The impact that the amino acid substitutions of the various co-circulating HA clades have on antibody escape were analyzed using post infection ferret antisera against cell-propagated viruses including vaccine strains (Supplemental Table~\ref{sup_tab:titer_table}).
The recommended A(H3N2) vaccine viruses northern hemisphere were A/Hong Kong/4801/2014-like (i.e., A/Michigan/15/2014) for the 2016-2017 season and A/Singapore/INFIMH-16-0019/2016-like (A/Singapore/INFIMH-16-0019/2016 or A/North Carolina/4/2016) for the 2017-2018 season.
@@ -87,6 +119,14 @@ \subsection*{Antigenic analysis illustrates little antigenic drift}
Collectively, antigenic analysis data indicates that while the A2 HA proteins are antigenically distinct, they have not significantly drifted from 3c2.A HA proteins and it does not explain their predominance in North America during the 2017-2018 season.
Consistently, substitutions to epitope sites show that the A2 clade is slightly drifted relative to ancestral 3c2.A viruses, but show little variation within clade A2 (Supplementary Fig. S1).

\begin{figure*}[t]
\begin{center}
\includegraphics[width=0.75\textwidth]{figures/railroad_plot.png}
\end{center}
\caption{Segments from two backgrounds of A(H3N2) reassorted to form the A2/re clade (red). Segments HA and PB1 from an A2-like background (blue)combined with the six other segments from an A1b-like virus(yellow). Diagonal lines between November 2016 and February 2017 indicate the inferred timing of the reassortment.}
\label{fig:railroad}
\end{figure*}

\subsection*{Genome reassortment events among circulating viruses leads to A2/re genotype}
When reassortment occurs between viruses from established clades in the HA and NA RNA segments, incongruent phylogenetic relationships are created so that a reassortment event within clade A2 viruses is immediately visible (Fig.~\ref{fig:tangle}).
In the HA phylogeny, viruses from A2 and A2/re are closely related and form a monophyletic clade.
@@ -142,43 +182,3 @@ \section*{Funding}
This work was supported by NIH National Institute of General Medical Science (NIGMS) grant R35 GM119774-01 (to T.B.) and by NIH National Institute of Allergy and Infectious Diseases (NIAID) grant U19 AI117891 (to T.B.). T.B. is a Pew Biomedical Scholar.

The findings and conclusions in this report are those of the author(s) and do not necessarily represent the official position of the Centers for Disease Control and Prevention.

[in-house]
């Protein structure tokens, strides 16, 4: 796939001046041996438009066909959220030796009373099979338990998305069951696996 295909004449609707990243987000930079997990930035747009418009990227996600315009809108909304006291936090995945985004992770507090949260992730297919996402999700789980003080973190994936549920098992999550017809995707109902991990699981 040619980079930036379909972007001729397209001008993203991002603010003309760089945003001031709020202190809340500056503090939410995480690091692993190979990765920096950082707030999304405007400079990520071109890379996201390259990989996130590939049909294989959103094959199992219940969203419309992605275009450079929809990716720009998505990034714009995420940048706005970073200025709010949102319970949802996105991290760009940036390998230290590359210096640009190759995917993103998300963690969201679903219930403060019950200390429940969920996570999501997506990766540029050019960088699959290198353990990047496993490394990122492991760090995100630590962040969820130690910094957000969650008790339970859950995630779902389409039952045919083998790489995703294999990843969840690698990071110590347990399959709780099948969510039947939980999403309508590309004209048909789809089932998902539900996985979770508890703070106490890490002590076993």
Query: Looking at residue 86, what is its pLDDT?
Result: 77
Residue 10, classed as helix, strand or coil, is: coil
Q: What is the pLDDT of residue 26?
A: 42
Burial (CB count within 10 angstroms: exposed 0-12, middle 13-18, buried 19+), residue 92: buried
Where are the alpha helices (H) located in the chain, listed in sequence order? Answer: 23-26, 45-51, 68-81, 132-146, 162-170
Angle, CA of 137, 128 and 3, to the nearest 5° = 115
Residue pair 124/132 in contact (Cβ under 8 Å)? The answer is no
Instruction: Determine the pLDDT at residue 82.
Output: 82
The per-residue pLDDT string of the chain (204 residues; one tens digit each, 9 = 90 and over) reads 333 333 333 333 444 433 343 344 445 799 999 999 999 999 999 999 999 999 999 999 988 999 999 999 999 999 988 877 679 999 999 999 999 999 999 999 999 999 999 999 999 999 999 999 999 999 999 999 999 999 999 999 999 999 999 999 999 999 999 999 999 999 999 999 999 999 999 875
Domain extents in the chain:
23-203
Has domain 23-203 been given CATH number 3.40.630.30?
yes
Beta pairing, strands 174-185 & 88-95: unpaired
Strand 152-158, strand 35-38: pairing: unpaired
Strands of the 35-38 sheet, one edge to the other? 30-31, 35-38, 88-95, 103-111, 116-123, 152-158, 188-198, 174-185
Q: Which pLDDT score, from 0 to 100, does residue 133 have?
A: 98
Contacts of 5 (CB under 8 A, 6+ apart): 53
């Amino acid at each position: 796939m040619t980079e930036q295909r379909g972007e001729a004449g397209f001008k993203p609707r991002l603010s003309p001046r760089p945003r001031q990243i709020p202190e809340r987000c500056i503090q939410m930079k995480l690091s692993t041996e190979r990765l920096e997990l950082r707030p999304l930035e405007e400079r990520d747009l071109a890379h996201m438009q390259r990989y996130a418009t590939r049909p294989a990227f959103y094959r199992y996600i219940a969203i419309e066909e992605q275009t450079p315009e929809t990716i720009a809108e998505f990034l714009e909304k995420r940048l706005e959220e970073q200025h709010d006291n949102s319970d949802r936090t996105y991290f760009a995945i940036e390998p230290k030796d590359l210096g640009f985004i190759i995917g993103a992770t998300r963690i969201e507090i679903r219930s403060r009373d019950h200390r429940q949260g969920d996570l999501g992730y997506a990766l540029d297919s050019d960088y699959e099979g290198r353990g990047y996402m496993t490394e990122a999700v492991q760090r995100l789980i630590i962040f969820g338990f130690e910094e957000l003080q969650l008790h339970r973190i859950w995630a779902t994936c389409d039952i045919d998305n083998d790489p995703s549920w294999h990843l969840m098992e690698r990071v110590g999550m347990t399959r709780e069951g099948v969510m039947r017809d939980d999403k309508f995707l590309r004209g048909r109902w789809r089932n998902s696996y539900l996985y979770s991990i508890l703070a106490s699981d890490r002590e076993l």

\begin{figure*}[b]
\begin{center}
\includegraphics[width=0.8\textwidth]{figures/ili_1997_2018.png}
\end{center}
\caption{Percentage of health care visits for influenza-like illness (ILI) in the US from the 1997-1998 to the 2017-2018 season with season indicated by color. The 2017-2018 season is highlighted as a thick line; it showed the highest ILI rate since the 2009 H1N1 pandemic virus. Data from CDC (2018).}
\label{fig:ili}
\end{figure*}

\begin{figure*}[b]
\begin{center}
\includegraphics[width=0.8\textwidth]{figures/2y_clades.png}
\end{center}
\caption{Temporally resolved phylogenetic tree of recent A(H3N2) HA sequences. Shown are influenza viruses sampled between April 2016 and April 2018 colored by clade designation (in addition, the tree shows a small number of earlier reference viruses). Viruses are subsampled to give comparable counts across time and geography. HA segments of the majority of co-circulating A(H3N2) viruses in of the 2017-2018 Northern Hemisphere influenza season fell within clades A1b (top, yellow) or A2 (center, orange). Vaccine viruses are indicated by cross marks. }
\label{fig:2y_clades}
\end{figure*}

\begin{figure*}[b]
\begin{center}
\includegraphics[width=0.8\textwidth]{figures/h3n2_freq_mutations.png}
\end{center}
\caption{Frequency trajectories of A2 and A2/re clades partitioned by region. We estimate frequencies of different clades based on sample counts and collection dates. These estimates are based on all available data and global frequencies are weighted according to regional population size and relative sampling intensity. We use a Brownian motion process prior to smooth frequencies from month-to-month \citep{neher_nextflu_2015}. Transparent bands show an estimate the 95\% confidence interval based on sample counts.}
\label{fig:frequencies}
\end{figure*}

\begin{figure*}[b]
\begin{center}
\includegraphics[width=0.8\textwidth]{figures/ha_na_tangle.png}
\end{center}
\caption{\textit{(top)} Reassortment combines existing genetic diversity and results in incongruent phylogenetic trees. The figure shows time-scaled phylogenetic trees of HA (left) and NA (right) colored genotype at HA site 131 and NA site 329. The HA and NA sequences from the virus isolates are connected by lines. We see that the closest relatives for the viruses belonging to A2/re genotype (red) in HA are A2 viruses (blue), while their closest relatives in NA are A1 viruses (purple). \textit{(bottom)} Global estimated frequency plots of virus clades over time. There is moderate growth of A1 viruses prior to the reassortment, but after the reassortment takes place we observe rapid growth of the reassortant clade to approximately 70\% frequency. Branches on the HA tree are labelled by HA clade designation; branches on the NA tree are labelled by NA amino acid substitution. Vaccine strains are indicated by cross marks.}
\label{fig:tangle}
\end{figure*}

\begin{figure*}[b]
\begin{center}
\includegraphics[width=0.8\textwidth]{figures/railroad_plot.png}
\end{center}
\caption{Segments from two backgrounds of A(H3N2) reassorted to form the A2/re clade (red). Segments HA and PB1 from an A2-like background (blue)combined with the six other segments from an A1b-like virus(yellow). Diagonal lines between November 2016 and February 2017 indicate the inferred timing of the reassortment.}
\label{fig:railroad}
\end{figure*}